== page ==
Objective: To test the hypothesis that prolonged alkalosis decreases cardia
c output and, furthermore, exacerbates hypoxic pulmonary vasoconstriction,
as respiratory alkalosis is frequently induced as a therapy for persistent
pulmonary hypertension of the newborn despite a lack of controlled evidence
of improved outcomes. Potential adverse effects of prolonged alkalosis hav
e been demonstrated.
Method: Two groups (control, n = 6, and hypocapnic alkalosis, n = 6) of 1-3
day old fentanyl-anesthetized, vecuronium-paralyzed piglets were instrumen
ted to measure cardiac index (CI) and mean systemic (MAP) and pulmonary (PA
P) arterial pressures. Baseline values were recorded. Alveolar hypoxia was
then induced to achieve an arterial oxygen saturation of between 50 and 60
% for 15 min. Respiratory alkalosis was then induced, by increasing ventila
tion to achieve a pH between 7.55-7.60, and was continued for 240 min. Insp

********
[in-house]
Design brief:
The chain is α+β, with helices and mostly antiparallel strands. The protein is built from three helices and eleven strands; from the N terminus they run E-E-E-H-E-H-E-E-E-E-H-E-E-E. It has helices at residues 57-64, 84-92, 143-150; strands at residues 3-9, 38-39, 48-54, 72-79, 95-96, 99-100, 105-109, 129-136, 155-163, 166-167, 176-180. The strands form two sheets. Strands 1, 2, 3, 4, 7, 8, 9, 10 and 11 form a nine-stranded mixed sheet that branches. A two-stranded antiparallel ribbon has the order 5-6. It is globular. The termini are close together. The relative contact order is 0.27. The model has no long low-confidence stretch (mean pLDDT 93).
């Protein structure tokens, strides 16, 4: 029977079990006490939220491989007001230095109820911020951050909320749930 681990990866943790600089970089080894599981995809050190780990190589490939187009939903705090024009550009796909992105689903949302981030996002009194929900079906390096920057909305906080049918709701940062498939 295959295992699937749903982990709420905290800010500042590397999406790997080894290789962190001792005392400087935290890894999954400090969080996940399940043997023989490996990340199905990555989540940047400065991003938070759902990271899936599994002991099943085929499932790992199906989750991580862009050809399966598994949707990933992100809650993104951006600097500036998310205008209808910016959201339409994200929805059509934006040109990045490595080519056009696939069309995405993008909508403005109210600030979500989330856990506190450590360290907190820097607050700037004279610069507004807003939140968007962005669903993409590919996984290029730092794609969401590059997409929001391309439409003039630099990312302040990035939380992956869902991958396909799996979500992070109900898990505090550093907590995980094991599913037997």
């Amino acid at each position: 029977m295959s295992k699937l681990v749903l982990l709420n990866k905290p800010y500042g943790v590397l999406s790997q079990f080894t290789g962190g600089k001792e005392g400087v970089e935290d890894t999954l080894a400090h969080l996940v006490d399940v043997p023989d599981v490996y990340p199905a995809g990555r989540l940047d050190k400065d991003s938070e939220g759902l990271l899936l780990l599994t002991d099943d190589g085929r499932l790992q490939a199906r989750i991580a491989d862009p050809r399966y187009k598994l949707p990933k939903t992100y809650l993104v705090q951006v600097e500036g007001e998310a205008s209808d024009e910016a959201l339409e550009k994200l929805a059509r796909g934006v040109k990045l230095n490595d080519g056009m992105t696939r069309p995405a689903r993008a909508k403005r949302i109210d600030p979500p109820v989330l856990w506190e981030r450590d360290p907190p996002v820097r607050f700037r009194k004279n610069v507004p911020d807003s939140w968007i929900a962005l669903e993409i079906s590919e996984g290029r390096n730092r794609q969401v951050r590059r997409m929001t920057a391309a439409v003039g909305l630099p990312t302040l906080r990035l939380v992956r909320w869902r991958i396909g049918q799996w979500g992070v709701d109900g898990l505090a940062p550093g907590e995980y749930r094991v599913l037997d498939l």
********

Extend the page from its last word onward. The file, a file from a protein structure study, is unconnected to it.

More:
ired carbon dioxide was used with hyperventilation in the control group to
maintain pressure of arterial carbon dioxide (PaCO2) at 35-45 mmHg and pH o
f 7.35-7.45. Hypoxia was induced again at 15 and 240 min. Pulmonary and sys
temic vascular resistances (PVR and SVR) were calculated.
Results: Prolonged alkalosis led to a significant and progressive fall in m
ean MAP from 61 (SD 7) mmHg at the start of the study falling to 50 (SD 6.9
, p = 0.043), with no effect on CI. Calculated SVR decreased (0.45 SD 0.03
vs 0.36 SD 0.05). There were no statistically significant changes in any of
the variables in the control group. Neither acute nor prolonged respirator
y alkalosis had a significant effect on hypoxic pulmonary vasoconstriction.
Conclusions: Prolonged hyperventilation leads to systemic hypotension, howe
ver it does not exacerbate hypoxic pulmonary vasoconstriction.